Cleaning Fees On Hold
Student organizations may face cleaning fees for Tuesday and Thursday events next quarter.
Registered student organizations and departments found themselves facing a new fee attached to event reservations to begin the school year.
For all Tuesday and Thursday classroom reservations, signers were told there would be a “custodial services event fee” to go along with the booking, ranging from $37 to $148 depending on the size of the room (small classroom to lecture hall).
Facilities Management said the cleaning fees would help cover for costs as the department turned toward insourcing its employees and not using custodial contractors any longer.
Administrative Analyst Karen L. Seeley said the cost of the insourcing was over $1 million in benefits and equipment costs. The custodial staff would only provide regularly scheduled cleaning services on Mondays, Wednesdays and Fridays.
After deliberations with student representatives and Student Life and Leadership staff, Facilities Management agreed to not charge student organizations and departments any fees to use classrooms. However, this agreement does not carry past the Fall quarter, as a final agreement on the custodial fees has not been reached for the Winter and Spring quarters.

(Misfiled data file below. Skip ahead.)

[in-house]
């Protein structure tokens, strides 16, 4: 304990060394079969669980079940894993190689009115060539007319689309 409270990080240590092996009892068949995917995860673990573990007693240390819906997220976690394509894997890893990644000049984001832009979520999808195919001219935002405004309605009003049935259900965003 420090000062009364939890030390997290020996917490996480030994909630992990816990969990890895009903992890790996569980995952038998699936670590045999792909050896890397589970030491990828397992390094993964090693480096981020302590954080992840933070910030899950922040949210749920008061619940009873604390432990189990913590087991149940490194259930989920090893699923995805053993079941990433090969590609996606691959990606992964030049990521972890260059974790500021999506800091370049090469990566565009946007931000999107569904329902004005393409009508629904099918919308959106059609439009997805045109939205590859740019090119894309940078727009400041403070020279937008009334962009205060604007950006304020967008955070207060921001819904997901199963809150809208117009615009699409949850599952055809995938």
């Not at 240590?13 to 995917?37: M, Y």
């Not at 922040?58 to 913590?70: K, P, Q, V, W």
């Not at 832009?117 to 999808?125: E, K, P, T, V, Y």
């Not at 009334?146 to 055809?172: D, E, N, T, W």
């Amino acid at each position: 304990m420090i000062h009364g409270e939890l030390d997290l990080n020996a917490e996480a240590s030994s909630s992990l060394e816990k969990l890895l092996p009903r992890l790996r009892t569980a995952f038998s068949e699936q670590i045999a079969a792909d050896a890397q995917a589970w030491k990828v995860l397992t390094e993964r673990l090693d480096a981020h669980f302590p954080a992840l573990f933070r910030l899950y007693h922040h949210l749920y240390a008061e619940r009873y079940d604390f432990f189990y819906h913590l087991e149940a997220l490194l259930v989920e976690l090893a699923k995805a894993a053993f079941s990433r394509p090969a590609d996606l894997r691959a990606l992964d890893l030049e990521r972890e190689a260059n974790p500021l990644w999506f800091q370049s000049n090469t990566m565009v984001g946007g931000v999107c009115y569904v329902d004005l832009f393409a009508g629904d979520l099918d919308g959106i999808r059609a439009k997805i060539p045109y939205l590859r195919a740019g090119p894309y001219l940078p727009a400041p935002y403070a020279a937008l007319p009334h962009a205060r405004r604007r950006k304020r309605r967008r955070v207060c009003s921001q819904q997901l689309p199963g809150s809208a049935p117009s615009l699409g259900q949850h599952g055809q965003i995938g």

According to the Simple Navigational Administrative Portal (SNAP) website, the custodial services event fees for the fiscal year of 2011-2012 still show the fees for Tuesdays and Thursdays, with the rates at $37, $55.50 and $148 for small, medium and large/lecture hall classrooms, respectively.
The site also details a $55.50 restroom cleaning fee that would be added to the room cleaning fee.
Sherwynn Umali, the Co-Director of Campus Organizations in Student Life and Leadership, said these fees would be a “drop in the bucket” toward covering their expenses.
The fees could also lead to students using classrooms without properly reserving them, she said, which could lead to liability issues.
ASUCI President Traci Ishigo explained the concerns from students, as well as preparing a collective response from the student body.
“The responses I have received from [individual] campus orgs is of extreme concern,” she said. “We hope to organize a collective response so that we can talk about how [the fees are] problematic [for students] and how there was no student input involved.
“The original proposal only includes Tuesdays and Thursdays, and we’re not accounting for the cost of classes creating part of the mess in classrooms, and that it’s not just clubs and organizations,” Ishigo said.
Umali said a collective student response would help the administration understand the issues more clearly and move forward in finding a solution that benefits both sides.